So the Democrats need a little more humility, a notion that the country is not so much an us/them dichotomy, but rather all of us together under siege to maintain our privileges in a tough global world — and at least one spokesman who either didn't go to prep school or isn't a lawyer.

Thursday, May 05, 2005

"The Perfect Child"

George Neumayr points out the mainstreaming of eugenics in America. He doesn't quite get at the utter monstrosity of it, but he comes damn close:
The slogan, Every Child a Wanted Child, always gave off a eugenic chill, implying that unwanted children weren't fit for life. But it didn't quite spell out what makes a child unwanted. Were the meaning of the slogan unpackaged and given more eugenic precision, it would read: Every Child a Perfect Child.

Imperfect children aren't wanted children -- this is the logical terminus of a society obsessed with choice and control, and the culture is hurtling towards it. If you doubt this, note the growing impatience with imperfection in children, both unborn and born, that increasingly dominates the culture of reproductive choice and control. The New York Times ran a story earlier this week titled, "Ugly Children May Get Parental Short Shrift." The article doesn't even mention the shortest shrift they receive: eugenic abortion. To the extent that the numbers are known, most unborn children deemed ugly by virtue of a disability detected through prenatal screening are aborted, and research surveys have shown that many parents will choose abortion once doctors become able to diagnose nothing more than "obesity" prenatally.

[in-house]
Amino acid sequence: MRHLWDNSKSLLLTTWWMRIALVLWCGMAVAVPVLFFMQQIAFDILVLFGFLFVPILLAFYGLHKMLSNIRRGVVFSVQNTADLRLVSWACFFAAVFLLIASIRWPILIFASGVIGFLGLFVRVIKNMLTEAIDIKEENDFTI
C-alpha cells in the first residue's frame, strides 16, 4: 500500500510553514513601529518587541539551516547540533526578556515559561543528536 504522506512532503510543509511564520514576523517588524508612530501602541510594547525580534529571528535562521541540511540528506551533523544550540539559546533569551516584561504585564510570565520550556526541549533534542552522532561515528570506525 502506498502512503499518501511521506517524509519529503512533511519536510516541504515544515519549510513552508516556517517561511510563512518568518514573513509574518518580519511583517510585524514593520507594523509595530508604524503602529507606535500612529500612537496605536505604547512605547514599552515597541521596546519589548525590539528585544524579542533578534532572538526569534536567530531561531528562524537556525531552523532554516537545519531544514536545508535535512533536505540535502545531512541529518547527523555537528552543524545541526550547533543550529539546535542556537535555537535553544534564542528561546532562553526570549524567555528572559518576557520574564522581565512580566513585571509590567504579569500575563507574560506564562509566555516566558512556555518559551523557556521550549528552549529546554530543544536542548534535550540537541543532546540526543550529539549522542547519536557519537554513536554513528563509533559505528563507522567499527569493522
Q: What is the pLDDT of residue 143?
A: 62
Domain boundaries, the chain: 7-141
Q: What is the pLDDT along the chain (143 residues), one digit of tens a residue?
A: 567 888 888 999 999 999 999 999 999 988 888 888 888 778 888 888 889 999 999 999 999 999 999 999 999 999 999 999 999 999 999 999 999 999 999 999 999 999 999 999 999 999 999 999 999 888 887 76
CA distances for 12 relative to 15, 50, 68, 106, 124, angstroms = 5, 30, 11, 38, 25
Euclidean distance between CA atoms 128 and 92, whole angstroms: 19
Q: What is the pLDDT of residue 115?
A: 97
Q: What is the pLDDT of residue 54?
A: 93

You should read the whole thing, of course. I just have to wonder what people think they are doing. Do they understand that to get at the child who looks perfect in his blue blazer at prep school that they might be "weeding" out the most special human talents, gifts, and genius, hidden in the genes of the "imperfect," and mocking human posterity.

Monday, May 02, 2005

A real horror story